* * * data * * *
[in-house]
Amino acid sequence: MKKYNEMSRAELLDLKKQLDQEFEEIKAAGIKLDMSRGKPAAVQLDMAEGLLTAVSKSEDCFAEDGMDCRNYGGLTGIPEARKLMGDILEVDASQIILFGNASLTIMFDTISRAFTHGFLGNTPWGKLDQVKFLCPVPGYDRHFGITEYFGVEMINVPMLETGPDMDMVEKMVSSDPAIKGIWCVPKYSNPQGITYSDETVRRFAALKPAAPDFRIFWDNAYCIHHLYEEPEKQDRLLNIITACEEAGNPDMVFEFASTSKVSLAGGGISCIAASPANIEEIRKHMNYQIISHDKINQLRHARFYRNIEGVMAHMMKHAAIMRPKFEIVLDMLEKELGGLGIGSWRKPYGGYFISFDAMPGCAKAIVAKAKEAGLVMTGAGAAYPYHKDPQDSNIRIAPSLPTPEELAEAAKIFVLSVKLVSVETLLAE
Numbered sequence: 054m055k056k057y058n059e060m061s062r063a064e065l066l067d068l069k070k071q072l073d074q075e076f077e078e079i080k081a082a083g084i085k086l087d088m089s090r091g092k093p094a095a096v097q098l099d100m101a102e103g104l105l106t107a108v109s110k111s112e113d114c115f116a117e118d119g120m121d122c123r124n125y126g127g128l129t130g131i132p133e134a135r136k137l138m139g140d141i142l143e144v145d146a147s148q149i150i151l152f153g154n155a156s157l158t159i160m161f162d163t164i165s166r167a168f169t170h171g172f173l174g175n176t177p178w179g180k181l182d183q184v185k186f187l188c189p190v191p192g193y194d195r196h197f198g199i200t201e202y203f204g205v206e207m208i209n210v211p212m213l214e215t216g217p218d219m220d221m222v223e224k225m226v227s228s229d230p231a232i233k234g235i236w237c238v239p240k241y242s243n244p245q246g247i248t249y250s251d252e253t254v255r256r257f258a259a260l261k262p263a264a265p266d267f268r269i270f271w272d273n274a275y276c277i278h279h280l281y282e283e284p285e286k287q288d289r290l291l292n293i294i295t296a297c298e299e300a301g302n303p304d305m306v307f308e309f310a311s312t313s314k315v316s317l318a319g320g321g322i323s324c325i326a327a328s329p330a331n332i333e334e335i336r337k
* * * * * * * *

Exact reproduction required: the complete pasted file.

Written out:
[in-house]
Amino acid sequence: MKKYNEMSRAELLDLKKQLDQEFEEIKAAGIKLDMSRGKPAAVQLDMAEGLLTAVSKSEDCFAEDGMDCRNYGGLTGIPEARKLMGDILEVDASQIILFGNASLTIMFDTISRAFTHGFLGNTPWGKLDQVKFLCPVPGYDRHFGITEYFGVEMINVPMLETGPDMDMVEKMVSSDPAIKGIWCVPKYSNPQGITYSDETVRRFAALKPAAPDFRIFWDNAYCIHHLYEEPEKQDRLLNIITACEEAGNPDMVFEFASTSKVSLAGGGISCIAASPANIEEIRKHMNYQIISHDKINQLRHARFYRNIEGVMAHMMKHAAIMRPKFEIVLDMLEKELGGLGIGSWRKPYGGYFISFDAMPGCAKAIVAKAKEAGLVMTGAGAAYPYHKDPQDSNIRIAPSLPTPEELAEAAKIFVLSVKLVSVETLLAE
Numbered sequence: 054m055k056k057y058n059e060m061s062r063a064e065l066l067d068l069k070k071q072l073d074q075e076f077e078e079i080k081a082a083g084i085k086l087d088m089s090r091g092k093p094a095a096v097q098l099d100m101a102e103g104l105l106t107a108v109s110k111s112e113d114c115f116a117e118d119g120m121d122c123r124n125y126g127g128l129t130g131i132p133e134a135r136k137l138m139g140d141i142l143e144v145d146a147s148q149i150i151l152f153g154n155a156s157l158t159i160m161f162d163t164i165s166r167a168f169t170h171g172f173l174g175n176t177p178w179g180k181l182d183q184v185k186f187l188c189p190v191p192g193y194d195r196h197f198g199i200t201e202y203f204g205v206e207m208i209n210v211p212m213l214e215t216g217p218d219m220d221m222v223e224k225m226v227s228s229d230p231a232i233k234g235i236w237c238v239p240k241y242s243n244p245q246g247i248t249y250s251d252e253t254v255r256r257f258a259a260l261k262p263a264a265p266d267f268r269i270f271w272d273n274a275y276c277i278h279h280l281y282e283e284p285e286k287q288d289r290l291l292n293i294i295t296a297c298e299e300a301g302n303p304d305m306v307f308e309f310a311s312t313s314k315v316s317l318a319g320g321g322i323s324c325i326a327a328s329p330a331n332i333e334e335i336r337k